I think the root cause of the problem was a faulty temperature sensor in the print head, which caused the feed tube to j
The concrete deck itself is simply a length of wooden shelf with a wooden strip either side forming the footways. Simple and strong should keep it's shape and stand up to occasional handling, the weight keeps it in place very well with nothing more than some rubber pads were the bearings are on the prototype.
My 3D printer is on hold at the moment so in a bid to get my trains up and running I'm working on a temporary station using Metcalfe kits. I have promised myself that the proposed model of Acklington station will prevail eventually but I want to get trains fully operational by Christmas. I have found since I started this layout that approximate deadlines help to keep things moving and like most of the children I used to teach I leave everything until the last minute!
Over the years I have spent a lot of time cleaning wheels and track. Carefully designing multi wheel pickups with exotic contacts. I do get good running but I have to keep on top of it, never found any quick solutions to it all.
I have also tried dcc and I just didn’t get on with it. Sure, I made it all work, the electronics is fairly straightforward. My issue was that I ended up watching the controller not the trains, all the button pressing to make the right light come on and remem
Hi everyone! Its been a while since I have really posted anything on youtube or RMweb so today I just wanted to share with you all the progress of my layout. If you're not familiar with my railway please have a look at the previous introduction post about the area I am modeling. Since the last post, a lot has changed on the layout, I was able to finish all the wiring and pointwork and now trains can run smoothly around the layout. Since then, I have mainly been working on the scenery of my layou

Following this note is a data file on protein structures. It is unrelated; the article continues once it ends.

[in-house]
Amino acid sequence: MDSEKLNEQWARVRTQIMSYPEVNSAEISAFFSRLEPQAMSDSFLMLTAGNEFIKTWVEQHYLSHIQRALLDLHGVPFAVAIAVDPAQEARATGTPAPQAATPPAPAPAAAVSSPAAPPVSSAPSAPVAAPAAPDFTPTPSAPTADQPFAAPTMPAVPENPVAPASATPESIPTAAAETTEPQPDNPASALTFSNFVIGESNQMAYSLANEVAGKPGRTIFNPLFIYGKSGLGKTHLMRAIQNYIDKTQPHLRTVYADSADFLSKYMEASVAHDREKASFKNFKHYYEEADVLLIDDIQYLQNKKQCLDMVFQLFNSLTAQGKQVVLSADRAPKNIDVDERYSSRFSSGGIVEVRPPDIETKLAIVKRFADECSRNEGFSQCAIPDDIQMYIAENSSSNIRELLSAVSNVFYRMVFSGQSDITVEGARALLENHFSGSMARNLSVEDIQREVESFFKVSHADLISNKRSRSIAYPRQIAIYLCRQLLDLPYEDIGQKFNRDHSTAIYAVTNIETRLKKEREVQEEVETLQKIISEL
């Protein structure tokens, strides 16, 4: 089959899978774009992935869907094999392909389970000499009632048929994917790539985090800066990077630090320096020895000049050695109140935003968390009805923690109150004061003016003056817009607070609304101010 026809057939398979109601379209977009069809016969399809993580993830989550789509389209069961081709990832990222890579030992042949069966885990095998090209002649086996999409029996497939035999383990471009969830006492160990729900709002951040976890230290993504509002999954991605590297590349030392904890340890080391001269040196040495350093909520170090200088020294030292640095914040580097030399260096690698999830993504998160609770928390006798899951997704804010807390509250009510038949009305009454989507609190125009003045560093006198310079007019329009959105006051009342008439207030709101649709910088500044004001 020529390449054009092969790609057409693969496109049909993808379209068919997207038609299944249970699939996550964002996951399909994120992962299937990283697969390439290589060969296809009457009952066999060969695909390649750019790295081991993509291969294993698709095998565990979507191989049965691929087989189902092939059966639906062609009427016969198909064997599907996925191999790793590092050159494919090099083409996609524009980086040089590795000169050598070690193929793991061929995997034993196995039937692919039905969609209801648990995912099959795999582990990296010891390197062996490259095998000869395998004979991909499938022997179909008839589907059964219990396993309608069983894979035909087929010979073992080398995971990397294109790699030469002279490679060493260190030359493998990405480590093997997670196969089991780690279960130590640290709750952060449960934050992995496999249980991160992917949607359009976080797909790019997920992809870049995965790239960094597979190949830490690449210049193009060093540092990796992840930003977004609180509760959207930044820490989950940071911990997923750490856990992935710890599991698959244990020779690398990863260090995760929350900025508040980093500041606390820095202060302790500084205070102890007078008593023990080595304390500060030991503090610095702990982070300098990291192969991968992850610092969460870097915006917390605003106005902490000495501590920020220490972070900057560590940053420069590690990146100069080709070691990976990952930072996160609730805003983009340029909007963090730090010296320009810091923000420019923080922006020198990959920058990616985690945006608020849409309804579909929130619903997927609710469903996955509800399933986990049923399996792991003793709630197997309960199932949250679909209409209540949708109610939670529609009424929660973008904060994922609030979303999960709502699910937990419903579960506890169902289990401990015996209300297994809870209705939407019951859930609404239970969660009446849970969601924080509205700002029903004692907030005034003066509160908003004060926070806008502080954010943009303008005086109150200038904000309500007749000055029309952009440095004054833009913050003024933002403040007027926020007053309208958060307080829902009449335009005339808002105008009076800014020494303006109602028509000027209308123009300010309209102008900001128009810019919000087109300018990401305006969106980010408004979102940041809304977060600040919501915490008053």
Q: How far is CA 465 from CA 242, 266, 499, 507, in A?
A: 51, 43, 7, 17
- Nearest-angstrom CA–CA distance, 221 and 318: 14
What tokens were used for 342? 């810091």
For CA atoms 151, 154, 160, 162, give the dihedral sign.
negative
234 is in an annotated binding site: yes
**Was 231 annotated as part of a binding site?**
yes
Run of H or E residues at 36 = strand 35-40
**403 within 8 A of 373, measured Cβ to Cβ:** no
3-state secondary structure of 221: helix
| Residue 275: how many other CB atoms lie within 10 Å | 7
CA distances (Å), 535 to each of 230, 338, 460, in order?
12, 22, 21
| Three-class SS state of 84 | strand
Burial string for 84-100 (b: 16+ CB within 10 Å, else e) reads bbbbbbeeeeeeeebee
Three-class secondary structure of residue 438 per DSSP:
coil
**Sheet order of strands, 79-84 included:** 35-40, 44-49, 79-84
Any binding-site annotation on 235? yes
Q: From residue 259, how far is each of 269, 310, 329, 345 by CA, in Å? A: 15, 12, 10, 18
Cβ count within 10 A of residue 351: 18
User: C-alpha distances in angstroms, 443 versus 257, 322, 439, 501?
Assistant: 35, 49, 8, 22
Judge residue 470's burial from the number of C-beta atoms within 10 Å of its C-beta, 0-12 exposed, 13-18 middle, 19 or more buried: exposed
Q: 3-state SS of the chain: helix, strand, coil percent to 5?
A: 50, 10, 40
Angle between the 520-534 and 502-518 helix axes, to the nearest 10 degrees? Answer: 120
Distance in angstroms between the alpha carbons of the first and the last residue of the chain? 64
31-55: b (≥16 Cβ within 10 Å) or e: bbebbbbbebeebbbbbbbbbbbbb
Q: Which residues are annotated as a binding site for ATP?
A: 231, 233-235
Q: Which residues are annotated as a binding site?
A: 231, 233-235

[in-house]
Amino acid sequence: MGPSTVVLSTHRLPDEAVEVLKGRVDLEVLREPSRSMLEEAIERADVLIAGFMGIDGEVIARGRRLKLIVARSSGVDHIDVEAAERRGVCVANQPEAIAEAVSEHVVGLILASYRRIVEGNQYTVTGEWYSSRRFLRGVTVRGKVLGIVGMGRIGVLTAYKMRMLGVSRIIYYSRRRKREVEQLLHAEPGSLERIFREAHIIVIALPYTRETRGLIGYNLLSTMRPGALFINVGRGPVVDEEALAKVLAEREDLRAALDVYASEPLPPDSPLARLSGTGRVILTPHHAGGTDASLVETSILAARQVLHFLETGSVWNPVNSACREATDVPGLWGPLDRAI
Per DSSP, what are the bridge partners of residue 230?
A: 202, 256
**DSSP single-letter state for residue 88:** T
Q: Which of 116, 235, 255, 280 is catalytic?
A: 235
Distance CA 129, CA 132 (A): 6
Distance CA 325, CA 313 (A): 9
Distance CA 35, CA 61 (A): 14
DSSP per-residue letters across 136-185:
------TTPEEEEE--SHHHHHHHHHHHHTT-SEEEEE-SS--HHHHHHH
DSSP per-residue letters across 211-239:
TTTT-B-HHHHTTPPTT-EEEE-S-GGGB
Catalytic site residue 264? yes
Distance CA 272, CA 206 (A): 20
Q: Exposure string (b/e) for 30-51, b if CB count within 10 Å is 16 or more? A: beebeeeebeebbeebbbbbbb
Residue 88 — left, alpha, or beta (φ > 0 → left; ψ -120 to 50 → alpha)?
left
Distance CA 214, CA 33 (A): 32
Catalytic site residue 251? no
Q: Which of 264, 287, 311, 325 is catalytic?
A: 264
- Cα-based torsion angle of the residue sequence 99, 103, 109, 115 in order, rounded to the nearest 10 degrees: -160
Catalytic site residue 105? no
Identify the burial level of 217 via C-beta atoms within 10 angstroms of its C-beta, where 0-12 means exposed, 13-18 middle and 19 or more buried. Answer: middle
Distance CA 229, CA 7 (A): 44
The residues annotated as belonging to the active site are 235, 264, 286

I wanted the deck to be removeable which meant the legs needed to be strong enough with out being integral. I originaly started cutting some out of wood but in the end I had some lazer cut by York model rail. They were of course able to get nice sharp precise angles and edges and the lines of the concrete molding so well. As these would be right by the track they'd be very seen. Only 4mm sheets of ply that I chose for the durability could be done by the cutter so each leg was built up in layers
Glazing and transfers complete, I have made a start with some lighting. LED interior lights fitted and wired in via the DCC Function 1. Complete with stay alive capacitor- not too authentic for a 508 with their flickering lights over points!
I’ve been painting 4mm figures. Here are some photos and platform scenes.